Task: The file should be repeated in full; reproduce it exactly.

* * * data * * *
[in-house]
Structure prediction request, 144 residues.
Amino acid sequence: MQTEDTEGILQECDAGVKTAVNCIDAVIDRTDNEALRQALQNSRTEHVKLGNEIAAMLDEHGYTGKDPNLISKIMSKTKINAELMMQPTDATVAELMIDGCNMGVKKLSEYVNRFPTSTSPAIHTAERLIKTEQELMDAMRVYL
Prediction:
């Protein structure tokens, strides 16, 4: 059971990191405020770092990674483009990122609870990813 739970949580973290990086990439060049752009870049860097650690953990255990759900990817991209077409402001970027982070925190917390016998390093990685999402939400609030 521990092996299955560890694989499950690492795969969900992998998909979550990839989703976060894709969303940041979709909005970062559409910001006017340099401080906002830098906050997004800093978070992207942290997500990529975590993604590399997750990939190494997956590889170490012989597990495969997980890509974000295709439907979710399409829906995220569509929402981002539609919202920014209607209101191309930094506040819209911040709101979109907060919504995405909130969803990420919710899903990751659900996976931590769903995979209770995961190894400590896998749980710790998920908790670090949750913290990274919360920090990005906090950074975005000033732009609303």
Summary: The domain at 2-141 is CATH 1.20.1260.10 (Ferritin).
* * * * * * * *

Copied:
[in-house]
Structure prediction request, 144 residues.
Amino acid sequence: MQTEDTEGILQECDAGVKTAVNCIDAVIDRTDNEALRQALQNSRTEHVKLGNEIAAMLDEHGYTGKDPNLISKIMSKTKINAELMMQPTDATVAELMIDGCNMGVKKLSEYVNRFPTSTSPAIHTAERLIKTEQELMDAMRVYL
Prediction:
């Protein structure tokens, strides 16, 4: 059971990191405020770092990674483009990122609870990813 739970949580973290990086990439060049752009870049860097650690953990255990759900990817991209077409402001970027982070925190917390016998390093990685999402939400609030 521990092996299955560890694989499950690492795969969900992998998909979550990839989703976060894709969303940041979709909005970062559409910001006017340099401080906002830098906050997004800093978070992207942290997500990529975590993604590399997750990939190494997956590889170490012989597990495969997980890509974000295709439907979710399409829906995220569509929402981002539609919202920014209607209101191309930094506040819209911040709101979109907060919504995405909130969803990420919710899903990751659900996976931590769903995979209770995961190894400590896998749980710790998920908790670090949750913290990274919360920090990005906090950074975005000033732009609303």
Summary: The domain at 2-141 is CATH 1.20.1260.10 (Ferritin).